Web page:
Mr. Burnett: I apologise, Dr. Clark. You are quite right that I should be quicker off the mark.

I hope that the hon. Member for Arundel and South Downs agrees that the Government's philosophy—I am not questioning its merits or otherwise—is to reward length of tenure of ownership. It seems to me this year, as it did last year, that discriminating against those who have held the assets for longer flies in the face of that philosophy.

Mr. Flight: I accept, as night follows day, that that is a logical argument. However, I reserve our position on the principal argument for longevity of ownership. I think, however, that everyone agrees that share ownership by employees is economically and personally successful and desirable.

I stand by the comments I made earlier, and I beg to ask leave to withdraw the amendment.

Amendment, by leave, withdrawn.

Clause 76 ordered to stand part of the Bill.

Schedule 25

Capital gains tax: taper relief: business assets

Mr. Flight: I beg to move amendment No. 42, in page 217, leave out lines 11 to 14 and insert

    `the trustees of the settlement'.

This is a simple drafting amendment. As drafted, the words are redundant. Having both sub-paragraph (2)(i) and (ii) is unnecessary. The words:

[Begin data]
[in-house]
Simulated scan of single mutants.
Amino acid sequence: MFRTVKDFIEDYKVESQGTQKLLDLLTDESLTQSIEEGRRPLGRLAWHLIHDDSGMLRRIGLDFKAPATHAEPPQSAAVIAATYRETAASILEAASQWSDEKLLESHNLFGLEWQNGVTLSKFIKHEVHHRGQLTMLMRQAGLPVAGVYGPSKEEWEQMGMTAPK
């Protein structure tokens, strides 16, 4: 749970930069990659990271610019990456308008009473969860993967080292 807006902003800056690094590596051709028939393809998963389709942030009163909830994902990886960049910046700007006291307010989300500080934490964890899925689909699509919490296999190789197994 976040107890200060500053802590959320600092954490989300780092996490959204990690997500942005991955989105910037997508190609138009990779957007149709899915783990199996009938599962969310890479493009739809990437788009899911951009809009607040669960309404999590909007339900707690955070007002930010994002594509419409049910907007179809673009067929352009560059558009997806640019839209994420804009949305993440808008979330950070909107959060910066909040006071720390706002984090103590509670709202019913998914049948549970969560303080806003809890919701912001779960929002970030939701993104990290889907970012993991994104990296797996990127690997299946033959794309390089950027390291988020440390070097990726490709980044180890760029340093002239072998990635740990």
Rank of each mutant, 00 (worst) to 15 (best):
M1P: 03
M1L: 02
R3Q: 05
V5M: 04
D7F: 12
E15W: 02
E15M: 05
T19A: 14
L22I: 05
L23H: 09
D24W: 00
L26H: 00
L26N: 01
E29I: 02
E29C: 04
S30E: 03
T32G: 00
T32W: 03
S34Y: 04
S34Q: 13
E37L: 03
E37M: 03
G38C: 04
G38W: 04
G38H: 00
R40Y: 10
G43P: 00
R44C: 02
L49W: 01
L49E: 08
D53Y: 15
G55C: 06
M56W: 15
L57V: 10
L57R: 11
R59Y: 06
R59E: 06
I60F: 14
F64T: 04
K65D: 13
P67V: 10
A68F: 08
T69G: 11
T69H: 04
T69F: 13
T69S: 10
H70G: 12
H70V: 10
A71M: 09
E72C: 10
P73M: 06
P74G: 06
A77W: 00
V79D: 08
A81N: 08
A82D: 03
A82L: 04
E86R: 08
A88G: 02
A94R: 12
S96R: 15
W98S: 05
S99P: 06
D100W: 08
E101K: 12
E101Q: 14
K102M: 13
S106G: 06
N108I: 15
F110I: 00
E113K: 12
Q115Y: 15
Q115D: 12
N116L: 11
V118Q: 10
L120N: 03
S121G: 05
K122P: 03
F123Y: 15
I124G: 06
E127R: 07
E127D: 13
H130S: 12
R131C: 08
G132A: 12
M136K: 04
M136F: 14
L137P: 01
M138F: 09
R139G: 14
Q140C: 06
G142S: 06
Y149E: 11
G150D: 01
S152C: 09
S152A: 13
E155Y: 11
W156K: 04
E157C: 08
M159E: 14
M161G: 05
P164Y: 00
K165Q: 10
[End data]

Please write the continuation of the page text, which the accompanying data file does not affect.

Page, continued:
``(ii) any one or more of the persons who at that time were the trustees of the settlement''

must surely automatically include all the trustees. Therefore, all that needs to be retained is sub-paragraph (2)(i) since for capital gains tax purposes trustees are a single body, and if one trustee is a member of a partnership, so are all trustees.

I should be grateful for an opportunity to comment on other aspects of schedule 25 in a brief stand part debate.

Dawn Primarolo: I recognise that the hon. Gentleman was simply trying to simplify the text of part of schedule 25. Unfortunately, amendment No. 42 would knock a hole in the relief we are trying to give. If right hon. and hon. Members can bear with me, I shall touch on trust law and the differences between the law in England and Wales and in Scotland, which is pertinent to this point. I realise that the hon. Gentleman was trying to achieve a straightforward simplification, but it creates problems.